• Namibia bans export of critical minerals
  • Move to maximize benefits of clean energy
  • Zimbabwe also banned lithium ore exports

Harare-Namibia has followed Zimbabwe's path by banning the export of unprocessed critical minerals, including crushed lithium ore, cobalt, manganese, graphite, and rare-earth metals and elements. The move comes as the country seeks to maximize the benefits of the growing global demand for metals used in clean energy technologies. Namibia has large deposits of lithium and rare earth minerals, which are vital for renewable energy. The country plans to play a major role in the renewable energy sector, and its rare-earth metals are attracting growing interest as the world shifts away from polluting fuels.

Last year, Namibia signed an agreement to supply rare-earth minerals to the European Union under the bloc’s plan to reduce its reliance on China for critical minerals. However, with the controversy surrounding Chinese company Xinfeng Investments involved in lithium exploration in the Erongo region and its new license acquisition process, the Namibian government may have been influenced to take action. The Cabinet decision to ban unprocessed critical minerals may have been a response to reports that some unscrupulous companies have been shipping large quantities of minerals out of the country under the pretext of sending samples for testing abroad, resulting in lost revenue from taxes and royalties.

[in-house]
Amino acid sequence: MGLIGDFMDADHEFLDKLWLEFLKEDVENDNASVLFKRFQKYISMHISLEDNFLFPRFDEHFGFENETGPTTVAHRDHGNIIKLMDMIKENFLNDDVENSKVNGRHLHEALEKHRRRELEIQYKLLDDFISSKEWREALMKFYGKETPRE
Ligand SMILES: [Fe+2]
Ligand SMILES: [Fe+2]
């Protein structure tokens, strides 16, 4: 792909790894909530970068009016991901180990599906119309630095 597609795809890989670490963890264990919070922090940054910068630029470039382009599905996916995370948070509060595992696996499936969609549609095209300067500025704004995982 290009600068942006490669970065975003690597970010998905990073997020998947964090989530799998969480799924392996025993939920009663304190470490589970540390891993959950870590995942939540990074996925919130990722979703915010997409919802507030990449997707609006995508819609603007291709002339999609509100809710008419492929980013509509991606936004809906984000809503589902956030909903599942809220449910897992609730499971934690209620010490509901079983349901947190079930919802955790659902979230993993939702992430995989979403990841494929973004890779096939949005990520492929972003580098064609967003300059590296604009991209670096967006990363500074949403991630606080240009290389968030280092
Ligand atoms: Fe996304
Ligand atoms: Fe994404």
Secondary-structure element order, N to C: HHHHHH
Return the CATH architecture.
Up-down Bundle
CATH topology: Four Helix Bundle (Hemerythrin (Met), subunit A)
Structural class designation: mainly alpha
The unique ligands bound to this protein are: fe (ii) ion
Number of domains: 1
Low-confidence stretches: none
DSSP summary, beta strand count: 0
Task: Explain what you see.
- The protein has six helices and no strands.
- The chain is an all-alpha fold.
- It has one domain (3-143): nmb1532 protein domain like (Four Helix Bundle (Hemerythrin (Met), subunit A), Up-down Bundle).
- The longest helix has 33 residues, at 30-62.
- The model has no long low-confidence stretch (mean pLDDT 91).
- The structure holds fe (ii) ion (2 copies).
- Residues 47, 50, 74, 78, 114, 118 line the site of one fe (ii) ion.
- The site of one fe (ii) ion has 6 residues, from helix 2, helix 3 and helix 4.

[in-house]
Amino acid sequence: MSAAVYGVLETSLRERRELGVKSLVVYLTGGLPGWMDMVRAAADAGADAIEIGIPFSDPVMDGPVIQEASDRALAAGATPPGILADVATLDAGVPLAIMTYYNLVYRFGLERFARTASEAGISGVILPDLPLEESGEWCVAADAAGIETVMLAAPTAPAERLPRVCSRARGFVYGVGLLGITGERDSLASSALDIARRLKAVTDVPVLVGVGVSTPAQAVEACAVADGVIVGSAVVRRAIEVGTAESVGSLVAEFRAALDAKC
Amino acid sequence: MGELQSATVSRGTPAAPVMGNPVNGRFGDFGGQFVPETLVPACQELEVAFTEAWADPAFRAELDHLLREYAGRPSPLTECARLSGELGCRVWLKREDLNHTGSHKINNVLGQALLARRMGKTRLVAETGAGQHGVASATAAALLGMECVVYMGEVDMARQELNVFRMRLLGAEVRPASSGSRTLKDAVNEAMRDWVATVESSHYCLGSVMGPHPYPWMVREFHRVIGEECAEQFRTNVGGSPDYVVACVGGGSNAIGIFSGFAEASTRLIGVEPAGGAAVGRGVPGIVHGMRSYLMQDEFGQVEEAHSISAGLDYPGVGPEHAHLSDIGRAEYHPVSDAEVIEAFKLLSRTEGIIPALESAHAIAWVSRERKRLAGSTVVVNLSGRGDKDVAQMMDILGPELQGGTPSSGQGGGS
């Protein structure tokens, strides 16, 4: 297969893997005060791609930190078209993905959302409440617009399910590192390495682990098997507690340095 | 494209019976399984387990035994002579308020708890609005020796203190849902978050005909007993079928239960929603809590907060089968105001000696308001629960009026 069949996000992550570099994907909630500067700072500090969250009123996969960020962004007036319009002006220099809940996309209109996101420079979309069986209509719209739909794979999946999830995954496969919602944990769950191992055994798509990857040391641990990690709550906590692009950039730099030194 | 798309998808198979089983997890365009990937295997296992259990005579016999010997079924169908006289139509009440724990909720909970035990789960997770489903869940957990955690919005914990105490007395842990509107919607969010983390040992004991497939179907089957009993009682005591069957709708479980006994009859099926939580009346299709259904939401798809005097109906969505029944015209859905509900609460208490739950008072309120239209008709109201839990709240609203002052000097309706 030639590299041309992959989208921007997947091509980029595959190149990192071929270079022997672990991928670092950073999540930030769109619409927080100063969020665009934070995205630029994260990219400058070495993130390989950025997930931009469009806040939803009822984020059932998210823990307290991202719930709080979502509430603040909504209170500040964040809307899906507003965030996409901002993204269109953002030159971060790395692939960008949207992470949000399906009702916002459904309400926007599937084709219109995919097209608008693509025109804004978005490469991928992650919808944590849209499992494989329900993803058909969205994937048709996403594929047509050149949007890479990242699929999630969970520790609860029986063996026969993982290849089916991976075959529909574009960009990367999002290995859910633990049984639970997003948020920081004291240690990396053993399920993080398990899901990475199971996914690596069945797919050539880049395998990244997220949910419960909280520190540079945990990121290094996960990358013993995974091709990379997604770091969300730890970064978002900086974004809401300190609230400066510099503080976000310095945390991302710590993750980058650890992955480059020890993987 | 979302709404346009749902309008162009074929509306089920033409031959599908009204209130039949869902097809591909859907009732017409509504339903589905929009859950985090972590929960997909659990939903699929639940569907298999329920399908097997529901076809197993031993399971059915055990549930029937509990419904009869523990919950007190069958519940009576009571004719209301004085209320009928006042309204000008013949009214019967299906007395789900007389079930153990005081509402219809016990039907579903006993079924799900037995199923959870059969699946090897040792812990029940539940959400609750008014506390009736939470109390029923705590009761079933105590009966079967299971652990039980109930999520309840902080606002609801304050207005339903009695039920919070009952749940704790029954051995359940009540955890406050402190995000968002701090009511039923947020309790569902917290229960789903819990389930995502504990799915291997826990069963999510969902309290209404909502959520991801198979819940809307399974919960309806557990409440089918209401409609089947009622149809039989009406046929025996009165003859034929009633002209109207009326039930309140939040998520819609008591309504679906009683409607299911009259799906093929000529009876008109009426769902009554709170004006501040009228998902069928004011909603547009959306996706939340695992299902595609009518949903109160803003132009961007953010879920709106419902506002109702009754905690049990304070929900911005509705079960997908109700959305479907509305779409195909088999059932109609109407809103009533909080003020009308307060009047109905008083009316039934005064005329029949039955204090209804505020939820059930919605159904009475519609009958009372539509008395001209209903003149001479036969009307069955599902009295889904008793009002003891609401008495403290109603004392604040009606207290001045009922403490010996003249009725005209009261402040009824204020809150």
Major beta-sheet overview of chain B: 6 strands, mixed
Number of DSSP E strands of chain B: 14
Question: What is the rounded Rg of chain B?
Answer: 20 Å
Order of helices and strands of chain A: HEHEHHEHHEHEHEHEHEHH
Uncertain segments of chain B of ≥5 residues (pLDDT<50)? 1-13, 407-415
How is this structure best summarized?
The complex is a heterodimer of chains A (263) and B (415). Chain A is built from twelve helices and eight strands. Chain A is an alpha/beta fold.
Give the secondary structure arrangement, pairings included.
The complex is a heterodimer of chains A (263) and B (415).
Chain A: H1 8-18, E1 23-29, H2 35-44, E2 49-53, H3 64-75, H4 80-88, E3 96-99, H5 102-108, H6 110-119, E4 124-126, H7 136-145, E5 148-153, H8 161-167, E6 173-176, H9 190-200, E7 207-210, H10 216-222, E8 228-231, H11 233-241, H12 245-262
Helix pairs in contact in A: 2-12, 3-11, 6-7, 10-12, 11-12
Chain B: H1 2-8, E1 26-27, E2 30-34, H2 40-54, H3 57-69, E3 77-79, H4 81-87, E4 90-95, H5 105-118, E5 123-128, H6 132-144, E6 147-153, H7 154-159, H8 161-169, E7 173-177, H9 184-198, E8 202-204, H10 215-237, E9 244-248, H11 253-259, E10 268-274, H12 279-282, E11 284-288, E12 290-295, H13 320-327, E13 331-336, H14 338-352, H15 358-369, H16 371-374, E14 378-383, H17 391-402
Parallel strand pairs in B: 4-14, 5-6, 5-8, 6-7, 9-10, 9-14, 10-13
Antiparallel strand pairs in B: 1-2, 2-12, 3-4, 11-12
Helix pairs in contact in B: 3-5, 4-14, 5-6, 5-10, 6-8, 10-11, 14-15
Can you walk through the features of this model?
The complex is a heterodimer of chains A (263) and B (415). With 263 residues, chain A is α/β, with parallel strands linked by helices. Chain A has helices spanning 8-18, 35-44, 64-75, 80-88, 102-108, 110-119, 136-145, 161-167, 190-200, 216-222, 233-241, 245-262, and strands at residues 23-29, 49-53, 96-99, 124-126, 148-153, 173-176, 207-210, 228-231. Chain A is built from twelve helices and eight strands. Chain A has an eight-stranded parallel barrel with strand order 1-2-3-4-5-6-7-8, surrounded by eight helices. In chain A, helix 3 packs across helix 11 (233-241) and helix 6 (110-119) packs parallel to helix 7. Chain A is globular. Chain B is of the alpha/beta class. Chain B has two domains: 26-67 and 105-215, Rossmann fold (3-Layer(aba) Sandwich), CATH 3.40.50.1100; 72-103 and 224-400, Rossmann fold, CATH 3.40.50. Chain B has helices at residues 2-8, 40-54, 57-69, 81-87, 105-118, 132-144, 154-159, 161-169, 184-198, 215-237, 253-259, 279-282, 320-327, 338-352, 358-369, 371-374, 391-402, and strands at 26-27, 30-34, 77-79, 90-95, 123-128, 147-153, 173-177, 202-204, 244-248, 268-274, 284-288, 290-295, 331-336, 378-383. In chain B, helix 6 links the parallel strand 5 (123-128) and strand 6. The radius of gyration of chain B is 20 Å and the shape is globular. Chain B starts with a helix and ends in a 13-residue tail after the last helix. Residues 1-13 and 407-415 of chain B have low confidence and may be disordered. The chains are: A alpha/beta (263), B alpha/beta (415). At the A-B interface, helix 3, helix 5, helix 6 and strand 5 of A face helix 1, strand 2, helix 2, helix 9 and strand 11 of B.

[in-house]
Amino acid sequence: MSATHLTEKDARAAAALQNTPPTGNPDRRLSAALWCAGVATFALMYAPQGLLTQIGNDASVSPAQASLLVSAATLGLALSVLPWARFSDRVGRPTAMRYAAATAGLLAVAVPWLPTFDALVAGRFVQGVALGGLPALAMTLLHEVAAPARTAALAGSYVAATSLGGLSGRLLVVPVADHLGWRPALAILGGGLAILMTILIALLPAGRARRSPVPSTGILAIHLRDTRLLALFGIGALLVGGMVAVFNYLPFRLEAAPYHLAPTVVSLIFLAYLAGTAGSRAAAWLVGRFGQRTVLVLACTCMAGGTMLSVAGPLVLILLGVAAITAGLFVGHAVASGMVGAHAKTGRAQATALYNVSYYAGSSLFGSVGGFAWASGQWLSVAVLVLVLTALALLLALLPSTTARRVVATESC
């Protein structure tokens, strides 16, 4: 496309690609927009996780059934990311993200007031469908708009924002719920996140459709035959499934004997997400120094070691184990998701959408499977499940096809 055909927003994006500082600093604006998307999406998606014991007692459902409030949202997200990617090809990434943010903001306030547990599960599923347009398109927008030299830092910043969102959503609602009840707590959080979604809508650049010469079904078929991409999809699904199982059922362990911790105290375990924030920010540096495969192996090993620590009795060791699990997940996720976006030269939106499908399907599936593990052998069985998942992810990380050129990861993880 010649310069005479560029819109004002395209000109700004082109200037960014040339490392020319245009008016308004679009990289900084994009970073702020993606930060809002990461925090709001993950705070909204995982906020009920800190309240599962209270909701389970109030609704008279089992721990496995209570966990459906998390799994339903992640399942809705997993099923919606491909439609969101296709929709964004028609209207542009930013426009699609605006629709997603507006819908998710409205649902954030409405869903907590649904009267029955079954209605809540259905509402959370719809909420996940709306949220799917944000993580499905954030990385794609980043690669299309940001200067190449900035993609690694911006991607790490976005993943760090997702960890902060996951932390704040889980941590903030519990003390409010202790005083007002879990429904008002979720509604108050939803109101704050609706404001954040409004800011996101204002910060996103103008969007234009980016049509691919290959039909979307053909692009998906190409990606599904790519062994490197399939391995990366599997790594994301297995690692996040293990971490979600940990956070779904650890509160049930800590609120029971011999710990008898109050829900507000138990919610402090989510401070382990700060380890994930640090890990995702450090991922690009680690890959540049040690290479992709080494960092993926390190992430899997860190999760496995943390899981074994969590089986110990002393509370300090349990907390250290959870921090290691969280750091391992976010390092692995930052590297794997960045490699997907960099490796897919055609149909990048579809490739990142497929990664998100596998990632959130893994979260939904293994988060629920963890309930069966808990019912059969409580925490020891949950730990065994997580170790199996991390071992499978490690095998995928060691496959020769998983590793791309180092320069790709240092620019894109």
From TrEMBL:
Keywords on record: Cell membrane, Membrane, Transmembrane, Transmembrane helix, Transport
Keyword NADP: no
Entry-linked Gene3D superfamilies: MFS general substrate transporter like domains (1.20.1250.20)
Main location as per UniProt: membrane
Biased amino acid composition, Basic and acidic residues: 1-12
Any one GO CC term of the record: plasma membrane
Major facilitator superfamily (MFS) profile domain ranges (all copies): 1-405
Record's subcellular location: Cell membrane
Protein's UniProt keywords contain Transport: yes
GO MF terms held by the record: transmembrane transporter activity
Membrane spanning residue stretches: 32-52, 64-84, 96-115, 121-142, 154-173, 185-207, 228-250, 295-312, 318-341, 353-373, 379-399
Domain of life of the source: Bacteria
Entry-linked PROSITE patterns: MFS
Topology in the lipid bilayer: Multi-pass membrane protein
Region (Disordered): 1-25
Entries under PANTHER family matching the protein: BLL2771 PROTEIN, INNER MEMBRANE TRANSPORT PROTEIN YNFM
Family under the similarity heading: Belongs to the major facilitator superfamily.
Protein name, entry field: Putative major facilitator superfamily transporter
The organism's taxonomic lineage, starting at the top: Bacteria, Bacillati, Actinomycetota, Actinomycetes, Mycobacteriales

Similar to Zimbabwe, Namibia's decision may spur the country's lithium miners to work towards producing battery-grade lithium locally and reduce the export of lithium concentrate.

The global outlook for critical minerals is promising, with the demand for these minerals projected to grow quickly as clean energy transitions gather pace. Clean energy technologies, such as wind turbines, rely on permanent magnets built from rare earth elements, among others. The International Energy Agency (IEA) estimates that renewable energy requires far greater amounts of critical minerals compared to traditional fossil fuel sources. For example, solar photovoltaics require seven tonnes per megawatt capacity while offshore wind requires approximately 16 tonnes per megawatt capacity, whereas natural gas requires only one tonne per megawatt capacity.

Namibia's decision to ban the export of unprocessed critical minerals and Zimbabwe's ban on lithium ore exports are steps towards maximizing the benefits of critical minerals for their respective countries, reducing their reliance on other countries, and fostering local processing and manufacturing capabilities. With the global shift towards renewable energy, the demand for critical minerals will continue to rise, and countries with significant deposits of these minerals will have an opportunity to capitalize on this trend. Namibia's decision is a positive step towards making the most of their natural resources and contributing to a greener future.

Equity Axis News